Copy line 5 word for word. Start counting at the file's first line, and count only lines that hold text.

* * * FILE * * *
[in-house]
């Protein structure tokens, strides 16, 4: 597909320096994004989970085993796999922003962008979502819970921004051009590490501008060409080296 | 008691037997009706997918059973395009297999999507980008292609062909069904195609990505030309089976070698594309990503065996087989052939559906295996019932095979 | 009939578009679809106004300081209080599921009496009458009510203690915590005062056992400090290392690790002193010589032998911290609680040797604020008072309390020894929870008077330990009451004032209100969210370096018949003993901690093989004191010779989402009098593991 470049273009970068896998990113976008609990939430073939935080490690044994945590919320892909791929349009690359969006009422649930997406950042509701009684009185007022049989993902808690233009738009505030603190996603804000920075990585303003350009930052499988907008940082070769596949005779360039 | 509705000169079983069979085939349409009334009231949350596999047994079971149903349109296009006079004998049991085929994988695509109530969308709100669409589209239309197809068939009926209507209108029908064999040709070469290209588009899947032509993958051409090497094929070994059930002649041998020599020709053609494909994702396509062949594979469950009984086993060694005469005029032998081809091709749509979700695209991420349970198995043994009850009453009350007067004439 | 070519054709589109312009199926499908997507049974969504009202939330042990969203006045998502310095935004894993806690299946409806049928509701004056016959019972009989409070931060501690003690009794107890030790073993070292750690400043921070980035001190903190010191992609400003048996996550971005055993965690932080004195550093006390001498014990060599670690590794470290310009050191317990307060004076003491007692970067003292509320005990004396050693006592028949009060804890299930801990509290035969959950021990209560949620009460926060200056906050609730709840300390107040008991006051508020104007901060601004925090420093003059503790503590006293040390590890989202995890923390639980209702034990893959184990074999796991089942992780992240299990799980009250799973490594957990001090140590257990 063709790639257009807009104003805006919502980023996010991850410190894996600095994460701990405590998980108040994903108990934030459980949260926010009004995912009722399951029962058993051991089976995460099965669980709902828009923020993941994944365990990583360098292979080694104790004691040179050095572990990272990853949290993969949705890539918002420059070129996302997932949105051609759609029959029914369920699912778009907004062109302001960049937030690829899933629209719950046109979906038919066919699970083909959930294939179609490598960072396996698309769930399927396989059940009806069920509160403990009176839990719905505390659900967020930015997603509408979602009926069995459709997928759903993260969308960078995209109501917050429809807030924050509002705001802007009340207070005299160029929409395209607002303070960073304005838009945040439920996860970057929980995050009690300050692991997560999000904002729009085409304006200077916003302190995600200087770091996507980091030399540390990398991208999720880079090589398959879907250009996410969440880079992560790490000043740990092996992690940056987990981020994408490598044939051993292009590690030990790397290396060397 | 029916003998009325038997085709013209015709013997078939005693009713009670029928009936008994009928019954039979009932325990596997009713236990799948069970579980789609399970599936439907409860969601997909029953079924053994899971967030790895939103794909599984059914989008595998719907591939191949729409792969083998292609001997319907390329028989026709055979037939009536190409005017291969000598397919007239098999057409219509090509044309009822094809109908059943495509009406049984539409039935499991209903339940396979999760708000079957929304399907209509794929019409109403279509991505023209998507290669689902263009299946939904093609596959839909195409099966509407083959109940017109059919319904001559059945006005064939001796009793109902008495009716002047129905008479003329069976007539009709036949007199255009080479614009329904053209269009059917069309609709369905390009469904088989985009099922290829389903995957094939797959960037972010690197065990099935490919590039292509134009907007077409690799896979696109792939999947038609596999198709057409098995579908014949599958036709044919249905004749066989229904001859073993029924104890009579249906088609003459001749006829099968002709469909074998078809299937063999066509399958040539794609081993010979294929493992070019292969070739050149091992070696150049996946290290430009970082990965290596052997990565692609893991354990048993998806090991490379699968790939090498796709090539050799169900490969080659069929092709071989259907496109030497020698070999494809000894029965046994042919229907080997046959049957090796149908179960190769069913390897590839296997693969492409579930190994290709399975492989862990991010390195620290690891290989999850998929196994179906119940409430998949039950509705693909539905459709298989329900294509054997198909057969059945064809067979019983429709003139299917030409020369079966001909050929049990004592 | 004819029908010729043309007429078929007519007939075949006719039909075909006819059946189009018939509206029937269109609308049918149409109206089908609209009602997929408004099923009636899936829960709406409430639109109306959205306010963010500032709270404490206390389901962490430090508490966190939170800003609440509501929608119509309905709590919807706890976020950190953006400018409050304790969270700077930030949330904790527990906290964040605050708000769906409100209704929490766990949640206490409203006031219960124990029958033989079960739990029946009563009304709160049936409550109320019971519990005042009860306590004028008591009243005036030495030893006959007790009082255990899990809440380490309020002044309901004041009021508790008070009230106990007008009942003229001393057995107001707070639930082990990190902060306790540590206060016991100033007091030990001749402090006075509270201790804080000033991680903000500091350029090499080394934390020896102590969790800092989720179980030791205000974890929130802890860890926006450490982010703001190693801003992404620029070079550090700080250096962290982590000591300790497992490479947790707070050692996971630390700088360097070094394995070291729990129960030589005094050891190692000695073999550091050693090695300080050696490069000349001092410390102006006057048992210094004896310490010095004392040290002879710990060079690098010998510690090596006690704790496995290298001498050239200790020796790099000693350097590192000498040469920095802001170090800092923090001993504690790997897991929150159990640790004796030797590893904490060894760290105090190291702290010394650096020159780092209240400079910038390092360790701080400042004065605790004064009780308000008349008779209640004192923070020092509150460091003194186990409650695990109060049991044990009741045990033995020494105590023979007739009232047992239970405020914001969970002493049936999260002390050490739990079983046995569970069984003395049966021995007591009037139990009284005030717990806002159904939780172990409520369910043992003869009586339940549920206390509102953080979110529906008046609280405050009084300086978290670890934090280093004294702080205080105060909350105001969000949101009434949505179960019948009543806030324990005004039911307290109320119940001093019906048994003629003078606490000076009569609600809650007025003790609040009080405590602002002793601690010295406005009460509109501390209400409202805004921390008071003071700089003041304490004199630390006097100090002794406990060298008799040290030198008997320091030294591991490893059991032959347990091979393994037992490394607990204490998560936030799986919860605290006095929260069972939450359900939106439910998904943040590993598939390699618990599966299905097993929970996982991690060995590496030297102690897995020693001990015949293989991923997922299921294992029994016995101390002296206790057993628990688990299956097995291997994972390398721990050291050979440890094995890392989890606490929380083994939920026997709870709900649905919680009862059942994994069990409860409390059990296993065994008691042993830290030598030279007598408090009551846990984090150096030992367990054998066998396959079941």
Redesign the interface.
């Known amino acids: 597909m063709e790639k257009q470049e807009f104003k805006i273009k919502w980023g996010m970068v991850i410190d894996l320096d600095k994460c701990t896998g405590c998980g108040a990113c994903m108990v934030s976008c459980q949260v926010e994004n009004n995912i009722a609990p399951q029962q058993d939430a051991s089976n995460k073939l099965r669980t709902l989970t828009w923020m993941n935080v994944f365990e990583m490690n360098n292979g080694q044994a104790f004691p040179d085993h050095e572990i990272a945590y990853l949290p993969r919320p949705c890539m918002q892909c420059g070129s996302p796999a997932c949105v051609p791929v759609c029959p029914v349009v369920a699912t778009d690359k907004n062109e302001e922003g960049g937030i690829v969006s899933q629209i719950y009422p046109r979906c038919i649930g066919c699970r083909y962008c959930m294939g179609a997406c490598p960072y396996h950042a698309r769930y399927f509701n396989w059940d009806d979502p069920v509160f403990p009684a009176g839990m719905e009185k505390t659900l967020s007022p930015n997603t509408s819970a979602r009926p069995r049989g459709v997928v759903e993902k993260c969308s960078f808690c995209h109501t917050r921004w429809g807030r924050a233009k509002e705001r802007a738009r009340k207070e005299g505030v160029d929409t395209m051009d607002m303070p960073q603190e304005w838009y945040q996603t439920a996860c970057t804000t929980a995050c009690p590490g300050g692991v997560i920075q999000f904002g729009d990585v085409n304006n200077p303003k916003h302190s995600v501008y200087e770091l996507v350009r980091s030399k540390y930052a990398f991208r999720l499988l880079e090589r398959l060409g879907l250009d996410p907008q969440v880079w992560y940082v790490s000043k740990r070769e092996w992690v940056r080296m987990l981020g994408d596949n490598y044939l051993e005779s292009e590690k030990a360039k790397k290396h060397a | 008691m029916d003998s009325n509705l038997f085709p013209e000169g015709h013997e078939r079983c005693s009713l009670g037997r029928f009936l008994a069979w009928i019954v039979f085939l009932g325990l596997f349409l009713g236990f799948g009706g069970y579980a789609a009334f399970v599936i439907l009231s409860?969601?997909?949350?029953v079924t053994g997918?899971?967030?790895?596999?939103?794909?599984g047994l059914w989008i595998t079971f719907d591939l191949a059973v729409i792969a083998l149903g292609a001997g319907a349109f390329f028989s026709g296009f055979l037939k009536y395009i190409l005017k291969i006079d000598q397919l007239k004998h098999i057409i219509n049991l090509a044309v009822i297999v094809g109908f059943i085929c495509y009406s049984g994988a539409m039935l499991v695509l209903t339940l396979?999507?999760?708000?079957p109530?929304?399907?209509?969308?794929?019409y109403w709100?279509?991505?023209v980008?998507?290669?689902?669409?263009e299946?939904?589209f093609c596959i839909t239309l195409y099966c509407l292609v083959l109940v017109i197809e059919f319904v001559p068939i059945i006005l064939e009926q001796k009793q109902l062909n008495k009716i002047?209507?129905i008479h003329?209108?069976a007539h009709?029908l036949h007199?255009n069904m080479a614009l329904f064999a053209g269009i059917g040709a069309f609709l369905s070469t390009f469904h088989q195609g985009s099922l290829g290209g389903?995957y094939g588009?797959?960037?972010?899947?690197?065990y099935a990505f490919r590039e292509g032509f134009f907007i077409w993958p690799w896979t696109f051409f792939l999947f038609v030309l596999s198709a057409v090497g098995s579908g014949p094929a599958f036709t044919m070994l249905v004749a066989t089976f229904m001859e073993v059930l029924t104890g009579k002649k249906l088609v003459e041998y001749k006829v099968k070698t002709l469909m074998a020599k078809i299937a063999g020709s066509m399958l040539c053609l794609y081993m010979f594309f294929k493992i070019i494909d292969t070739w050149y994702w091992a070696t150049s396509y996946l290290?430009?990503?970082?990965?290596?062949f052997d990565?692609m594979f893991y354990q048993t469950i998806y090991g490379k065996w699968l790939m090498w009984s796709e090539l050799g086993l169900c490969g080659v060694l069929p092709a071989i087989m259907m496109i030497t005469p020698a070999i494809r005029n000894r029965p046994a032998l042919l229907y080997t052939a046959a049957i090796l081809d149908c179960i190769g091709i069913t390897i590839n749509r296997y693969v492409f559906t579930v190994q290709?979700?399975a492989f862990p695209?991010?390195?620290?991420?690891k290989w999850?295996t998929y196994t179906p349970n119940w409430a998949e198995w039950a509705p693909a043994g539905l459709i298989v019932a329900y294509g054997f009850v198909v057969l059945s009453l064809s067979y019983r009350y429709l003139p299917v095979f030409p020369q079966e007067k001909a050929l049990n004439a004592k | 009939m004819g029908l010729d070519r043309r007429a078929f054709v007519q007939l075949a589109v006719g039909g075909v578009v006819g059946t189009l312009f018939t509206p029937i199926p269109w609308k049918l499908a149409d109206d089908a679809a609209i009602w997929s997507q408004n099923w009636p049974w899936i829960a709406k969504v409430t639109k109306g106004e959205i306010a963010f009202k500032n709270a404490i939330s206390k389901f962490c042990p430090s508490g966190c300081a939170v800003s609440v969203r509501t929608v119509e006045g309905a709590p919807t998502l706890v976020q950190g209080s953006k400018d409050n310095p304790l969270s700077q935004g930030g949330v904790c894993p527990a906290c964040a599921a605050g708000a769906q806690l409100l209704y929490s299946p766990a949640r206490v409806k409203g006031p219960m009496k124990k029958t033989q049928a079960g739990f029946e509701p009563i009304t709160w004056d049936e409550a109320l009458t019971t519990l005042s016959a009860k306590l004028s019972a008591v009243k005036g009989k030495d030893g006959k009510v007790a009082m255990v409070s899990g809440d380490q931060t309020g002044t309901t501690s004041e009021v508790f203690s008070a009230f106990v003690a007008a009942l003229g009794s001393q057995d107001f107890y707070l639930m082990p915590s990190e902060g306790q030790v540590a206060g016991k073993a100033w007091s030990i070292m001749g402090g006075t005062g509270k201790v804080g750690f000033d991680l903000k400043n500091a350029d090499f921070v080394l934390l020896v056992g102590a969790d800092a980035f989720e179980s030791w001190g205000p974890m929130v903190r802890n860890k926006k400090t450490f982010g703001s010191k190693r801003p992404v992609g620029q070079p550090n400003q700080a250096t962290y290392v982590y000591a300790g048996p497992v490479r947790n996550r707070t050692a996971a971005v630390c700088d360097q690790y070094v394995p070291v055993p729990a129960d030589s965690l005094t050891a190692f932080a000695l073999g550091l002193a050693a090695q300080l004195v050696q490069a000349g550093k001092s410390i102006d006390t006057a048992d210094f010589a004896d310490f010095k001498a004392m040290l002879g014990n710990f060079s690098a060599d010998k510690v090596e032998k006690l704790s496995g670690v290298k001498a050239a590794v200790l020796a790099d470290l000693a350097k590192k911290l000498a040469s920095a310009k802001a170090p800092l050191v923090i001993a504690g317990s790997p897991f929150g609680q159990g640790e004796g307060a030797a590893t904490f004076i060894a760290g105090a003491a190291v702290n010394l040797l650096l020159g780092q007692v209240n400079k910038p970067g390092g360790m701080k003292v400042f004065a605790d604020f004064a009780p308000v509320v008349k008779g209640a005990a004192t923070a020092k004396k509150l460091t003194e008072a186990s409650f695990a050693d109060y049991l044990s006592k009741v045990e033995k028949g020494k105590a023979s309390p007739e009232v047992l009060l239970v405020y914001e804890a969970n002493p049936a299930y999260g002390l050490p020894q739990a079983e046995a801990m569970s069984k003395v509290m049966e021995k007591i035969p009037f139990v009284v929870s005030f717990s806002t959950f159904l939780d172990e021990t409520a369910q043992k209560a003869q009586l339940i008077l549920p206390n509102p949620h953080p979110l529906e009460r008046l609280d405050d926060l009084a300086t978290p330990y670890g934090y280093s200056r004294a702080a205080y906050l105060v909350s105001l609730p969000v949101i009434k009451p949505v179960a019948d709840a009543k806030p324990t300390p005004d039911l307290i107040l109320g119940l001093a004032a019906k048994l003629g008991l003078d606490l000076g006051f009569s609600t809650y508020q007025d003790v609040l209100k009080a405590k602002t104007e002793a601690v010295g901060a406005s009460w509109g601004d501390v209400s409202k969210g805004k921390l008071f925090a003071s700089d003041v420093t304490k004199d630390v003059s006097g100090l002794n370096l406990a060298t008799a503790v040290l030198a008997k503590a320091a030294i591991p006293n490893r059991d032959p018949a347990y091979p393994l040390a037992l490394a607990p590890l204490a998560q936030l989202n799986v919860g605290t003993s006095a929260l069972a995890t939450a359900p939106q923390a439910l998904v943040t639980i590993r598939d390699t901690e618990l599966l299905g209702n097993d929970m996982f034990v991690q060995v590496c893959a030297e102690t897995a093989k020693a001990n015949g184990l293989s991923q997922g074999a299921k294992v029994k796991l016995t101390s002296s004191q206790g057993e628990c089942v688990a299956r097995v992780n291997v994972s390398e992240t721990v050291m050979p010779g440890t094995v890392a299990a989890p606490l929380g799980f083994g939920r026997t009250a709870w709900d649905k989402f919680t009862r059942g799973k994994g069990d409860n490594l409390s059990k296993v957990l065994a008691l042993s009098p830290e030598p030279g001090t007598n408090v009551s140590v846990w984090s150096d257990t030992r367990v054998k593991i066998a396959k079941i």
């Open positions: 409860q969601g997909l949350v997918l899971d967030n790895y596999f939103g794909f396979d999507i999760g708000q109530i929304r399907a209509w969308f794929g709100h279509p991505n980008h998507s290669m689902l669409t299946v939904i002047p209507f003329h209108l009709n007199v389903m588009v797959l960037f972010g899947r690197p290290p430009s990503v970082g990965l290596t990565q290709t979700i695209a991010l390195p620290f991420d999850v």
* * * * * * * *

């Open positions: 409860q969601g997909l949350v997918l899971d967030n790895y596999f939103g794909f396979d999507i999760g708000q109530i929304r399907a209509w969308f794929g709100h279509p991505n980008h998507s290669m689902l669409t299946v939904i002047p209507f003329h209108l009709n007199v389903m588009v797959l960037f972010g899947r690197p290290p430009s990503v970082g990965l290596t990565q290709t979700i695209a991010l390195p620290f991420d999850v």